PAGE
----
Company fined for unsafe working method that resulted in a serious fall
Spark's Mechanical Services Ltd, an Aberdeen electrical and refrigeration services company, has been fined £10,000 after a worker was seriously injured when he fell 2.6 metres from a scaffolding tower.
On 19 October 2010, Charles Howie was working on a scaffolding tower at Iceberg Ltd fish processing factory in Fraserburgh to remove two ceiling mounted refrigeration units from the coldstore.
The units were attached to the ceiling by eight bolts; four had been removed and Mr Howie continued to work on the unit before a forklift truck was in place to support it.
A Health and Safety Executive (HSE) Investigation found that at least one of the four remaining bolts fractured while Mr Howie was working on it, causing it to fall and strike the scaffold tower, throwing Mr Howie to the ground. Mr Howie suffered a collapsed lung and five fractured ribs and was unable to return to normal work duties for five months.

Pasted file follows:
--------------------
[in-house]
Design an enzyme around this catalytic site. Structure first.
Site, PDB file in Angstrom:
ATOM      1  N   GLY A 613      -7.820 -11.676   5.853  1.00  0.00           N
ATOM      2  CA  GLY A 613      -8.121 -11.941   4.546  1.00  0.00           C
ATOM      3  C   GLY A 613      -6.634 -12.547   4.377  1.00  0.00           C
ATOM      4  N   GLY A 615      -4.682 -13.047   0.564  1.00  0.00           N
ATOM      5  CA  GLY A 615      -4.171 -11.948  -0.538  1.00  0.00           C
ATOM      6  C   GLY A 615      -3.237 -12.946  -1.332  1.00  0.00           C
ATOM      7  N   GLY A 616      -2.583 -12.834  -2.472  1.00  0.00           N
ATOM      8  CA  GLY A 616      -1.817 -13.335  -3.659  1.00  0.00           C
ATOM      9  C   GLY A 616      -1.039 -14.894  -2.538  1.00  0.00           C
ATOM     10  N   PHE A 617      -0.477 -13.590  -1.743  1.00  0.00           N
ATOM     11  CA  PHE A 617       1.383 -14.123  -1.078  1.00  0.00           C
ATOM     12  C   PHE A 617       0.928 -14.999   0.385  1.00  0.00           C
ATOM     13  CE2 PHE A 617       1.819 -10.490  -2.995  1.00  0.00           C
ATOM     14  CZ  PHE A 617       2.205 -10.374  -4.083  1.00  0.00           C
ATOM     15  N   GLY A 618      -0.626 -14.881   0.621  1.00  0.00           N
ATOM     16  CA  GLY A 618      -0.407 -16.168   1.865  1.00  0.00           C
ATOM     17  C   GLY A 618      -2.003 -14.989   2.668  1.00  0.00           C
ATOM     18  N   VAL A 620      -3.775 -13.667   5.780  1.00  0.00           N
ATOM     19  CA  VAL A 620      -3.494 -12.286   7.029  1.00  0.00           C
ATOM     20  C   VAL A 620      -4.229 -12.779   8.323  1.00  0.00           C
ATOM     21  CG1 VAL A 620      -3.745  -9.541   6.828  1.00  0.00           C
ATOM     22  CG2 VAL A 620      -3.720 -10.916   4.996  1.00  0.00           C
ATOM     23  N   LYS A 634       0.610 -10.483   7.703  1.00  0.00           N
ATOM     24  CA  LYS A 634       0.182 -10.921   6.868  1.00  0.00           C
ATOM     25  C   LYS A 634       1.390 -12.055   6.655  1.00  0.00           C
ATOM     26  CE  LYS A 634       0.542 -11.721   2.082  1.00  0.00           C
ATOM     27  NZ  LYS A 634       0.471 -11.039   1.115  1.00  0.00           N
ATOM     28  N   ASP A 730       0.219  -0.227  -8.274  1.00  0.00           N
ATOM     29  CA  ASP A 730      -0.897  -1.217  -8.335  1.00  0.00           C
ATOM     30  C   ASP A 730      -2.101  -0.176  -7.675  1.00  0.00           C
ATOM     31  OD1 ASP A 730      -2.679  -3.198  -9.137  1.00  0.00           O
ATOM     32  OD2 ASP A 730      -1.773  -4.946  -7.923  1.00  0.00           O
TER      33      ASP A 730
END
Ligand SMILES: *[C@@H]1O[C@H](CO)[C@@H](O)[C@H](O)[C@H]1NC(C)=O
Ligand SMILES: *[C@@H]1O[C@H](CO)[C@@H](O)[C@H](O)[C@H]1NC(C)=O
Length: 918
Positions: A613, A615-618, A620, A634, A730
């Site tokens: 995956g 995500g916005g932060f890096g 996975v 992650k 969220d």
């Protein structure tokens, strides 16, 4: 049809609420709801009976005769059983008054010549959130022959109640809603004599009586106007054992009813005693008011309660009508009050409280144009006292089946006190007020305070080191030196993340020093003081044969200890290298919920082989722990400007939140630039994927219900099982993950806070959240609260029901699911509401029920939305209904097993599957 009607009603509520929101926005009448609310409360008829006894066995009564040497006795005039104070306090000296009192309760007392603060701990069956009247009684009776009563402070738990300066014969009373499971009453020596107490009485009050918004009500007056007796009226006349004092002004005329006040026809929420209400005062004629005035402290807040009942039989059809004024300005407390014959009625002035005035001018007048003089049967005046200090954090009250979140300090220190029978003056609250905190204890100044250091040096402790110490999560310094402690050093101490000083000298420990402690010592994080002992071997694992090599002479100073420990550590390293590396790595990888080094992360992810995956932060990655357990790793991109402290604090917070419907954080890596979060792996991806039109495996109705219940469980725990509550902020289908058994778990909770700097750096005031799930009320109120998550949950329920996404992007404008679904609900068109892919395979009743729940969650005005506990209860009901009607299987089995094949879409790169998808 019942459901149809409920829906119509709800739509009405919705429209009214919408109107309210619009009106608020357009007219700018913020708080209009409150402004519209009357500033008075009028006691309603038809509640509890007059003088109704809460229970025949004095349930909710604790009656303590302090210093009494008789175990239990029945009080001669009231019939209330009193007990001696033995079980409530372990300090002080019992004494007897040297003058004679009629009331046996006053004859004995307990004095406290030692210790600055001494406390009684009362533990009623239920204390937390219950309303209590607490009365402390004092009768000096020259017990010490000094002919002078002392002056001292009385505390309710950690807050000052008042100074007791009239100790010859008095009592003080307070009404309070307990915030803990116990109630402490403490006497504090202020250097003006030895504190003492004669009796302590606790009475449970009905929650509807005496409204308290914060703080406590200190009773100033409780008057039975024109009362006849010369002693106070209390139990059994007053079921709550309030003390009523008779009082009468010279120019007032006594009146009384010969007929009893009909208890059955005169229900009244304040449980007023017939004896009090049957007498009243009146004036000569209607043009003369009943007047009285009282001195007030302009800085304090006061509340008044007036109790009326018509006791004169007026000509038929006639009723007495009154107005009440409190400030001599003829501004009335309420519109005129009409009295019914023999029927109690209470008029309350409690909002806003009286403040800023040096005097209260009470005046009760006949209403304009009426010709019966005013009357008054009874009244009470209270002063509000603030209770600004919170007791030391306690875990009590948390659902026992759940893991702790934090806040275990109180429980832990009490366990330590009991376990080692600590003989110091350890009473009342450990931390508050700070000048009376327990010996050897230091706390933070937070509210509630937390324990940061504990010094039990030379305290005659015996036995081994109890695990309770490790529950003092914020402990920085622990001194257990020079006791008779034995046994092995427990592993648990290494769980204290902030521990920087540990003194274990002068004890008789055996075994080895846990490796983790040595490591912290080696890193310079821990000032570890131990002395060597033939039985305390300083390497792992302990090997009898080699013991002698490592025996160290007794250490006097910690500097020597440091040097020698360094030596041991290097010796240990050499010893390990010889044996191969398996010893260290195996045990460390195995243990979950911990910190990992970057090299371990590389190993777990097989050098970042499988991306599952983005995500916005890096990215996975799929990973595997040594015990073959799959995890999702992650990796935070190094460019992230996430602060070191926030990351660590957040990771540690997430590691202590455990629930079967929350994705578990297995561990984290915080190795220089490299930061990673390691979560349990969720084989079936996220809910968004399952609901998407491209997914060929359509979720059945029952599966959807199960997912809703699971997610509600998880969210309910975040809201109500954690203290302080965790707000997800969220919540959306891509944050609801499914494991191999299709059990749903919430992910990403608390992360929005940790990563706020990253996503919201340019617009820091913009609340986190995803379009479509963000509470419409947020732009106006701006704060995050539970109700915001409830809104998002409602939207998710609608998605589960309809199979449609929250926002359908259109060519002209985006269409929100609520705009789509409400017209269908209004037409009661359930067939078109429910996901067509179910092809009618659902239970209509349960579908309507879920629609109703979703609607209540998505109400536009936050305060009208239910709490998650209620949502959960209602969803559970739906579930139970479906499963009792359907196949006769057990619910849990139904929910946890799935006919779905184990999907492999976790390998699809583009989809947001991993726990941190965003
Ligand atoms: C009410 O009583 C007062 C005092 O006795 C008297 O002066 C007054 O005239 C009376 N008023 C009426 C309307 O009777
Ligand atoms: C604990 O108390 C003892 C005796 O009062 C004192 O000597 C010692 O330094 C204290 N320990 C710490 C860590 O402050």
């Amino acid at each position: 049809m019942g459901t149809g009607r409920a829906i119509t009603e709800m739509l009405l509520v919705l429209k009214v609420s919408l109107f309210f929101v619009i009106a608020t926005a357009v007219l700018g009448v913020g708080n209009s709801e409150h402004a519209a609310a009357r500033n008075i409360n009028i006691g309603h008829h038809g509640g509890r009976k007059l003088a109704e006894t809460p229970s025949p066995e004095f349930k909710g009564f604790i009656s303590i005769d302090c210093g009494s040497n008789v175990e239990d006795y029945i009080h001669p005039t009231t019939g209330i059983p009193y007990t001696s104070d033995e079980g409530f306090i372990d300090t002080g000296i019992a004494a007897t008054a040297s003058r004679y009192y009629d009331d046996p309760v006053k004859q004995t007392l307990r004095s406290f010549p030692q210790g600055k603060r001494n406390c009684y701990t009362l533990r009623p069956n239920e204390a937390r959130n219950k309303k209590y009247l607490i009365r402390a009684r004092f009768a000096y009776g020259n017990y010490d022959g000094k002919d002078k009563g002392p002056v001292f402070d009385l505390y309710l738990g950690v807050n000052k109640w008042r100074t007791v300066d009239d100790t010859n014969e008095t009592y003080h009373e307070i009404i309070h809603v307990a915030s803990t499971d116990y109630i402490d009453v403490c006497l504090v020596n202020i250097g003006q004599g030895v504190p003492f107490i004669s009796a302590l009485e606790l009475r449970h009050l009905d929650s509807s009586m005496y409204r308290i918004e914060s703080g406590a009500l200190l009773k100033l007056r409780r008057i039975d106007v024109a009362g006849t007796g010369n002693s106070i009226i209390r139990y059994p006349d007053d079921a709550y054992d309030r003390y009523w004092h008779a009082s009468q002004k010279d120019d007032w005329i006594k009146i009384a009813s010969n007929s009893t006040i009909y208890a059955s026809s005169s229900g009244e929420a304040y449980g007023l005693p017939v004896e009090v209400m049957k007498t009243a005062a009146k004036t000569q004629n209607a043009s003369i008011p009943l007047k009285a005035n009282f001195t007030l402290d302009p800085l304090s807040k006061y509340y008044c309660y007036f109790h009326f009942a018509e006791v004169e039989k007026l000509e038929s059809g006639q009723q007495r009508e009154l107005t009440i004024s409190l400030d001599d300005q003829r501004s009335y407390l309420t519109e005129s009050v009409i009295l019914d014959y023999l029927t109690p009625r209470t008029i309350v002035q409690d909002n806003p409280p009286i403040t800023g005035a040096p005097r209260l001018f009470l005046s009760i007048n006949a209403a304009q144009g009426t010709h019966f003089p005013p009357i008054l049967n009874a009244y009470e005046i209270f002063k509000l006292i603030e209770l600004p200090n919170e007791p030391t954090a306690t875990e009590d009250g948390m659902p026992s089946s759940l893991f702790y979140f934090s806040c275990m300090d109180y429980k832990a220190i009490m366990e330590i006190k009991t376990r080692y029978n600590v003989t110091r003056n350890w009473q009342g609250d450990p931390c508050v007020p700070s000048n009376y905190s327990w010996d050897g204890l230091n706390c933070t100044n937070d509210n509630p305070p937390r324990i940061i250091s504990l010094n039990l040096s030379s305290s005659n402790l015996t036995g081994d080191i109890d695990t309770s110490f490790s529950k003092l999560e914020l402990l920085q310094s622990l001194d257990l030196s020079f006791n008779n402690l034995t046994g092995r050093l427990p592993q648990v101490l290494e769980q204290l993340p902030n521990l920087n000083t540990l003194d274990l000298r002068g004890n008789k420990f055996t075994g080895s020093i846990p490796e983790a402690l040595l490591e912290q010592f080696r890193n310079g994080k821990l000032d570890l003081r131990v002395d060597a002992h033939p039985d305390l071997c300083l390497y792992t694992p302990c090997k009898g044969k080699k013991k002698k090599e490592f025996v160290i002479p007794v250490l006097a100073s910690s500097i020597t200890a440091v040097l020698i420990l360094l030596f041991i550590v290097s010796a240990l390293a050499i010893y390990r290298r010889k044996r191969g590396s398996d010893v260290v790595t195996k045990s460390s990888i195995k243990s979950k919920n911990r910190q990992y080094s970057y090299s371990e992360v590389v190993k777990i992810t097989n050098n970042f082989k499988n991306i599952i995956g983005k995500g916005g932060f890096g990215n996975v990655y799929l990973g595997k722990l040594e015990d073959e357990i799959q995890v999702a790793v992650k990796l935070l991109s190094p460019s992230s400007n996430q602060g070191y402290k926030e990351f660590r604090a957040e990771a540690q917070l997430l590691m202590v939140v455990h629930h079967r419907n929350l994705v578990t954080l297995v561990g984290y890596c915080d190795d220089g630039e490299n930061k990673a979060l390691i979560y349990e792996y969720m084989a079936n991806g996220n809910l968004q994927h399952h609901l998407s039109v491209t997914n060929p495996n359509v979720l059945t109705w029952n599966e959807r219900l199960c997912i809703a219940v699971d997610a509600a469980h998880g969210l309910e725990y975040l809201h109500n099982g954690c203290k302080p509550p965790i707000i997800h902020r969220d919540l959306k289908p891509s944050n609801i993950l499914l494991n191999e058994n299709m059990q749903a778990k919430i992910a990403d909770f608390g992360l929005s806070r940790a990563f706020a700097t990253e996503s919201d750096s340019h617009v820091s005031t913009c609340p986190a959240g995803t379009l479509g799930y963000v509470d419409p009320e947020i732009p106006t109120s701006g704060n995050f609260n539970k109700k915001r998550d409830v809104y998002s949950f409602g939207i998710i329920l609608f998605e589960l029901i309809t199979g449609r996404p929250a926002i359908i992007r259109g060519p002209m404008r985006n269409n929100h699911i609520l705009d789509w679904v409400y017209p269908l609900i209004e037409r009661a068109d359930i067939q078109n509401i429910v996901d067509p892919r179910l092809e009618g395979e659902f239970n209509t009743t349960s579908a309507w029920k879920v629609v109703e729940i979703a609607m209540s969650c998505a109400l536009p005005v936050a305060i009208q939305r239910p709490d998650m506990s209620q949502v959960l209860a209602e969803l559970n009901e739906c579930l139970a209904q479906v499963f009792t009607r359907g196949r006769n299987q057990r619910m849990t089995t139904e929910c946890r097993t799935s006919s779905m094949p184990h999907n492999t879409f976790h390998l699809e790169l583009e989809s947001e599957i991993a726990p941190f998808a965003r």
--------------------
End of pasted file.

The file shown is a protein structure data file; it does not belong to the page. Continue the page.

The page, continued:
The HSE investigation found that Spark's Mechanical Services Ltd, Mr Howie's employer, had not ensured that suitable equipment was in place to support the refrigeration unit while it was being removed. The court was also told that the top guard rails were missing from the working side of the scaffolding platform.
After the hearing, HSE Inspector John Radcliffe said:
"The company's method of carrying out this type of work appeared to have evolved from custom and practice devised by employees rather than what was actually safe.
"A safe system of work might have included the use of a forklift truck as a support, but it needed to have been underneath the panel before any bolts were removed. It is also crucial that guardrails are always in place around the working platforms of scaffolds to avoid potential falls, often with catastrophic consequences."
Falls from height are the most common cause of fatal injuries in the workplace and are also responsible for many serious injuries. In 2009/10, 38 people in Britain died after work-related falls from height.